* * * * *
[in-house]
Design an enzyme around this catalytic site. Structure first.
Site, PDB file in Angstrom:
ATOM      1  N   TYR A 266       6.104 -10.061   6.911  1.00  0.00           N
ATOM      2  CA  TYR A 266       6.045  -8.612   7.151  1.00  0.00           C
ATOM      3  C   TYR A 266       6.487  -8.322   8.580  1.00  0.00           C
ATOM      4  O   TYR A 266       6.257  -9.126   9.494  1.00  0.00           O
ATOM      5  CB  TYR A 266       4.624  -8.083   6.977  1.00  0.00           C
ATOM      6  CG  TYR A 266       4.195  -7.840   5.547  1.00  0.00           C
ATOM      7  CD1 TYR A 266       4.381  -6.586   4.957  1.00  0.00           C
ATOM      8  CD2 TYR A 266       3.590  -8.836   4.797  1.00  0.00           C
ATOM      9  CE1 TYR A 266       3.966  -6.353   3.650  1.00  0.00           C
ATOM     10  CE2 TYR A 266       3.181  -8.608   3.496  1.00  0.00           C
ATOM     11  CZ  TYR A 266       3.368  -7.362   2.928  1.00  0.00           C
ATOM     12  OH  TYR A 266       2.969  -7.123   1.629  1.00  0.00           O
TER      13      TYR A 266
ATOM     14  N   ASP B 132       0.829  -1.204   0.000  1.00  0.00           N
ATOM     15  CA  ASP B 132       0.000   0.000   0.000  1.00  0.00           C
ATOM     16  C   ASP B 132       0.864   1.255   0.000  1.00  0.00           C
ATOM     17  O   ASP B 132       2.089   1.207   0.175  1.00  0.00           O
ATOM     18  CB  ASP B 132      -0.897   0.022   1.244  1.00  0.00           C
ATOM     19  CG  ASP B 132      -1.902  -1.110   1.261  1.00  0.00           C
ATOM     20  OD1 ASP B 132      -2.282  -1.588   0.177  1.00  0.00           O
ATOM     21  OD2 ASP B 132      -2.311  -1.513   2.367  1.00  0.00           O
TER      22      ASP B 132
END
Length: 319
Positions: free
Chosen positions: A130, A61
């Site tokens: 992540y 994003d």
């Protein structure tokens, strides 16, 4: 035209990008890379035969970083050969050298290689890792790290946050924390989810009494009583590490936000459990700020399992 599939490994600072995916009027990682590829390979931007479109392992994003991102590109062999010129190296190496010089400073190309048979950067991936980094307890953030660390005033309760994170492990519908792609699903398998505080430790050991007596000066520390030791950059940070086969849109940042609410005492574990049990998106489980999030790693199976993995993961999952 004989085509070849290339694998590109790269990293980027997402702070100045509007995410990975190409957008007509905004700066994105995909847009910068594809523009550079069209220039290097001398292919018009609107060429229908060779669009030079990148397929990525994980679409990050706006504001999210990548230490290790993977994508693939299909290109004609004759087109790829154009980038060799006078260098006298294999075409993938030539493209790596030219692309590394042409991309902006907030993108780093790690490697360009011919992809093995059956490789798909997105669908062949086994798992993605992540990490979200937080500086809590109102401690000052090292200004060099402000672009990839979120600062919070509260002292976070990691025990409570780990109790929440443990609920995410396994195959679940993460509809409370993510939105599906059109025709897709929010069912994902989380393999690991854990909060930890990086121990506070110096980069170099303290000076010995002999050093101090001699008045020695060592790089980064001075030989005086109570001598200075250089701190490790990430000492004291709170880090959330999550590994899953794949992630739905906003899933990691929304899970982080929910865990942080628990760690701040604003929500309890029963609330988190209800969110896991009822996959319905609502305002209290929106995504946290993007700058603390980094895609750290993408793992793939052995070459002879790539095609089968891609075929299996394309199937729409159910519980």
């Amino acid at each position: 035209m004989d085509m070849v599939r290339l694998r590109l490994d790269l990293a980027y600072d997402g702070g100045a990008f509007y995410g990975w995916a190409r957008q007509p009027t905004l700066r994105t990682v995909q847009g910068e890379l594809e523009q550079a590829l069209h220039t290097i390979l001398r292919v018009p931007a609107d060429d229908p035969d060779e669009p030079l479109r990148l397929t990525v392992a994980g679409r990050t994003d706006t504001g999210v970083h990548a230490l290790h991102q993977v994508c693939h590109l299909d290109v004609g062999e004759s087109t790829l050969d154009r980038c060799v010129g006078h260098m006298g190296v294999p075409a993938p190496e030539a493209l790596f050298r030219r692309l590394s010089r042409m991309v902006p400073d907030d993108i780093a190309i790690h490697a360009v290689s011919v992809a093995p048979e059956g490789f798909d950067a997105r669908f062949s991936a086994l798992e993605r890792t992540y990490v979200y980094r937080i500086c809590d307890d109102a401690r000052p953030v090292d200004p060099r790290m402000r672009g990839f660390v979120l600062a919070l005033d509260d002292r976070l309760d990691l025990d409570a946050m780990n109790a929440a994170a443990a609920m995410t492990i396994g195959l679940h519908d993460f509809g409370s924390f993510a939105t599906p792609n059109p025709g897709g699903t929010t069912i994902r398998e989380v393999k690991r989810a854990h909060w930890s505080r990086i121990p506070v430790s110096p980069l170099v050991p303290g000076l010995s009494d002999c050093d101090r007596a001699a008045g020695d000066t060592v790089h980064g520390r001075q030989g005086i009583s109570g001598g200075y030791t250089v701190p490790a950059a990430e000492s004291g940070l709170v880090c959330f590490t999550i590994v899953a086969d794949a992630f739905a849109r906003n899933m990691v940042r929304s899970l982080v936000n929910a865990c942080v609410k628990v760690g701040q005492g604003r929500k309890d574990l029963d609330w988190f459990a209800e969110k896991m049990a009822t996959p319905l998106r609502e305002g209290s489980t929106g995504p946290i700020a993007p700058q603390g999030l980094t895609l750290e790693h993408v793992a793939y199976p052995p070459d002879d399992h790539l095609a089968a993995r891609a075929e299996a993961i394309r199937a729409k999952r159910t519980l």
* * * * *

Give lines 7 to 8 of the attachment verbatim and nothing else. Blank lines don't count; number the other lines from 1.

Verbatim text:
ATOM      4  O   TYR A 266       6.257  -9.126   9.494  1.00  0.00           O
ATOM      5  CB  TYR A 266       4.624  -8.083   6.977  1.00  0.00           C